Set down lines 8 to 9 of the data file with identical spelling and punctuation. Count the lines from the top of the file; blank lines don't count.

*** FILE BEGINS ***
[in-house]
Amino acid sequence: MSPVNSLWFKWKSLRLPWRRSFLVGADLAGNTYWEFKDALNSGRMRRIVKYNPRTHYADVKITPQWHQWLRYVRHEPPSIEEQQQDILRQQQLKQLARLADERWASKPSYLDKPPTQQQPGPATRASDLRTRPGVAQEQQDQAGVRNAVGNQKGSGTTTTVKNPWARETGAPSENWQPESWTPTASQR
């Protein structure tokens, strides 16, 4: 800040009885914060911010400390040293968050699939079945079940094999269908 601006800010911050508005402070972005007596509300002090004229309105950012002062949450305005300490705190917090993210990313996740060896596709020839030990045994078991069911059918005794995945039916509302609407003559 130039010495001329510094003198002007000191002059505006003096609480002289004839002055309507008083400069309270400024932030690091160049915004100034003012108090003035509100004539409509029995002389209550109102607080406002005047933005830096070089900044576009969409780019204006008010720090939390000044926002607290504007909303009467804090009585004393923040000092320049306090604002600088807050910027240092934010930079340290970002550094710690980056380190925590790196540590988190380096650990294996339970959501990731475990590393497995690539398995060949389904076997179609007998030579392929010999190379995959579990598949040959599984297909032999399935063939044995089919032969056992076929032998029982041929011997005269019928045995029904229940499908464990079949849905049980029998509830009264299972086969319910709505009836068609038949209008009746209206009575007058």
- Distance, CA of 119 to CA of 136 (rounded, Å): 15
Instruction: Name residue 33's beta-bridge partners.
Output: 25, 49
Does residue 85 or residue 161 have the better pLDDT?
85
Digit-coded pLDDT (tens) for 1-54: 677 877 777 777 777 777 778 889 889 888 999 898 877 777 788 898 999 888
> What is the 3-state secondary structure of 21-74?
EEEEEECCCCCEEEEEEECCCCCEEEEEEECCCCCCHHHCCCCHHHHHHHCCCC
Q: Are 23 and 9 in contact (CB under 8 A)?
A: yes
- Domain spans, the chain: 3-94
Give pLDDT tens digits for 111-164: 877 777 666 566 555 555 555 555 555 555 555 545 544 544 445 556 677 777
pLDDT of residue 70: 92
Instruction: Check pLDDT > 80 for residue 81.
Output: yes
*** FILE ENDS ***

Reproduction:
85
Digit-coded pLDDT (tens) for 1-54: 677 877 777 777 777 777 778 889 889 888 999 898 877 777 788 898 999 888